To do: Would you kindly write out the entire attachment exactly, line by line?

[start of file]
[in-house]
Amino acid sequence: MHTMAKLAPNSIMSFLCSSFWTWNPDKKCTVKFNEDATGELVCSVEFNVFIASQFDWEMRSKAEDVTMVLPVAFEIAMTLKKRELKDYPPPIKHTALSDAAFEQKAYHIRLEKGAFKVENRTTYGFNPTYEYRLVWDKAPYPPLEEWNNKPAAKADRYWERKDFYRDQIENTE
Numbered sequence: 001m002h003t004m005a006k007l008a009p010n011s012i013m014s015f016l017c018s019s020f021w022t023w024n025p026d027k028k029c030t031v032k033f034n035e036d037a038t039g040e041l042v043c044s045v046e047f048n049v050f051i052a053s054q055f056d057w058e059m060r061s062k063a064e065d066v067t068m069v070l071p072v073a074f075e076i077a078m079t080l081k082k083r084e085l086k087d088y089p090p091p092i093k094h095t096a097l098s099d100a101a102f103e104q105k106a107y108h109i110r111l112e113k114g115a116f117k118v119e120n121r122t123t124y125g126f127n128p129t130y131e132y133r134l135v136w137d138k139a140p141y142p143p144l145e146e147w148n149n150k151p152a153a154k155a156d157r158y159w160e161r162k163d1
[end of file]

[in-house]
Amino acid sequence: MHTMAKLAPNSIMSFLCSSFWTWNPDKKCTVKFNEDATGELVCSVEFNVFIASQFDWEMRSKAEDVTMVLPVAFEIAMTLKKRELKDYPPPIKHTALSDAAFEQKAYHIRLEKGAFKVENRTTYGFNPTYEYRLVWDKAPYPPLEEWNNKPAAKADRYWERKDFYRDQIENTE
Numbered sequence: 001m002h003t004m005a006k007l008a009p010n011s012i013m014s015f016l017c018s019s020f021w022t023w024n025p026d027k028k029c030t031v032k033f034n035e036d037a038t039g040e041l042v043c044s045v046e047f048n049v050f051i052a053s054q055f056d057w058e059m060r061s062k063a064e065d066v067t068m069v070l071p072v073a074f075e076i077a078m079t080l081k082k083r084e085l086k087d088y089p090p091p092i093k094h095t096a097l098s099d100a101a102f103e104q105k106a107y108h109i110r111l112e113k114g115a116f117k118v119e120n121r122t123t124y125g126f127n128p129t130y131e132y133r134l135v136w137d138k139a140p141y142p143p144l145e146e147w148n149n150k151p152a153a154k155a156d157r158y159w160e161r162k163d1